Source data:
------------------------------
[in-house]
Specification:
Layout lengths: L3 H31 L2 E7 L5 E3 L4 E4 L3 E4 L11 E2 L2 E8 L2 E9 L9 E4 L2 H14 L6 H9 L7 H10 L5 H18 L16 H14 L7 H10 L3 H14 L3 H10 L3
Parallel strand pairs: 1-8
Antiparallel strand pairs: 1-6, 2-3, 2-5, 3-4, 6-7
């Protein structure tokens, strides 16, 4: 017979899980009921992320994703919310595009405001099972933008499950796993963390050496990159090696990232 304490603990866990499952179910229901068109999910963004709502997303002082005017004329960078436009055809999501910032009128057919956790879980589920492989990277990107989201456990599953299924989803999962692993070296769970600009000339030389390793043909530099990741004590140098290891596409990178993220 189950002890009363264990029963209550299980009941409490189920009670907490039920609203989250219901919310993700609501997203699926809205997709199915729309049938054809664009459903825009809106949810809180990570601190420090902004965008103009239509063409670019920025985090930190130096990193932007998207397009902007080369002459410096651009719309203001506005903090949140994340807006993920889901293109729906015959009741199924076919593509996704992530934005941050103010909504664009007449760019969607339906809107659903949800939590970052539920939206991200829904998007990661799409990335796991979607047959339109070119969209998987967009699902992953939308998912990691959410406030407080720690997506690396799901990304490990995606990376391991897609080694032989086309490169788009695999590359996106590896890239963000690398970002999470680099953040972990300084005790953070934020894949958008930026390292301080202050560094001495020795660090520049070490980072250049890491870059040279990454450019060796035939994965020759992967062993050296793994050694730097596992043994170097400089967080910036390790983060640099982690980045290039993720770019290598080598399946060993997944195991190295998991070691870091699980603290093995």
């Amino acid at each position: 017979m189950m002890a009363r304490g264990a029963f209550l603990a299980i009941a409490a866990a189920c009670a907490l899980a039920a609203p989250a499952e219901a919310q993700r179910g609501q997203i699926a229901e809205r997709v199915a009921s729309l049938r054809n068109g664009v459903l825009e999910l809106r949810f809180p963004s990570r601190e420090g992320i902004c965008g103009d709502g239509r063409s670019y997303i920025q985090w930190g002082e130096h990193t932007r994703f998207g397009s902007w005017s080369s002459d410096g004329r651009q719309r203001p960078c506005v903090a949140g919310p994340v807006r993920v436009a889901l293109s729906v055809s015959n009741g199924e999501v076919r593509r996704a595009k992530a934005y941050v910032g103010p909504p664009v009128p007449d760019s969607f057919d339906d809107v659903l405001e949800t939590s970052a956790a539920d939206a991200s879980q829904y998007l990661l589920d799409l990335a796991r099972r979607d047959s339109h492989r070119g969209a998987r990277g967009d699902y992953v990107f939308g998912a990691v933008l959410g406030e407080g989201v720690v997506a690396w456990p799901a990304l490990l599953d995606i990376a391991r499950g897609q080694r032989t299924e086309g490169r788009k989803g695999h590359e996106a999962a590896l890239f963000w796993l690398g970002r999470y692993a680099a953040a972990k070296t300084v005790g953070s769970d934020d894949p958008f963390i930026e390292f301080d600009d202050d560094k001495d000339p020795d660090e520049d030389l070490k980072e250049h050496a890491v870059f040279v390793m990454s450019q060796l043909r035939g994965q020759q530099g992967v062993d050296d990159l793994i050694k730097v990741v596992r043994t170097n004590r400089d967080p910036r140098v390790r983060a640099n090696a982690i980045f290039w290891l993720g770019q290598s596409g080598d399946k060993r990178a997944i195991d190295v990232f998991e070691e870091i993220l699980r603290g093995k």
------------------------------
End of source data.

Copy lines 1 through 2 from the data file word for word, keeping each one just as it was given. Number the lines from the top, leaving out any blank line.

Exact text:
[in-house]
Specification: